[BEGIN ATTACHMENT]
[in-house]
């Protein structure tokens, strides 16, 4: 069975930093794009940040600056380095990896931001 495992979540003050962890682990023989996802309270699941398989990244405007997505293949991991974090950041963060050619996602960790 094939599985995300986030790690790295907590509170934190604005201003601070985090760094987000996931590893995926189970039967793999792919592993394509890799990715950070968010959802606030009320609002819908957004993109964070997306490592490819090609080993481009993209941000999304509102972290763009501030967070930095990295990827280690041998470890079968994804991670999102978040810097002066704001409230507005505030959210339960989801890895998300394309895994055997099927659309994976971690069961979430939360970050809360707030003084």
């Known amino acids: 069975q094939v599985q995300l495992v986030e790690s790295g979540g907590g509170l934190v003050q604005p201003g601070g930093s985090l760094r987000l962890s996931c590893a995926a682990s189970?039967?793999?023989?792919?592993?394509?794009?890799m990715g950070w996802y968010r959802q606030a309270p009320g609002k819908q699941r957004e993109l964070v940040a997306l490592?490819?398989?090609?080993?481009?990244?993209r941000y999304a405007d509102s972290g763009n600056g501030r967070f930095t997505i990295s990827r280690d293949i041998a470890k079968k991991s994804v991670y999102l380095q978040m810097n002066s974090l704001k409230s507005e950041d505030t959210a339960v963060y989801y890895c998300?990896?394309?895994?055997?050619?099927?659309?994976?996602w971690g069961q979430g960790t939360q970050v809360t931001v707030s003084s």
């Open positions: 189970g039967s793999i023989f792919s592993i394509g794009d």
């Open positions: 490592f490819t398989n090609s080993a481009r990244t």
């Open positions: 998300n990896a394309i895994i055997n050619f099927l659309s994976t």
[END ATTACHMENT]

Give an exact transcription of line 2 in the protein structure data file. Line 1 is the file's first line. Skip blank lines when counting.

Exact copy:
């Protein structure tokens, strides 16, 4: 069975930093794009940040600056380095990896931001 495992979540003050962890682990023989996802309270699941398989990244405007997505293949991991974090950041963060050619996602960790 094939599985995300986030790690790295907590509170934190604005201003601070985090760094987000996931590893995926189970039967793999792919592993394509890799990715950070968010959802606030009320609002819908957004993109964070997306490592490819090609080993481009993209941000999304509102972290763009501030967070930095990295990827280690041998470890079968994804991670999102978040810097002066704001409230507005505030959210339960989801890895998300394309895994055997099927659309994976971690069961979430939360970050809360707030003084």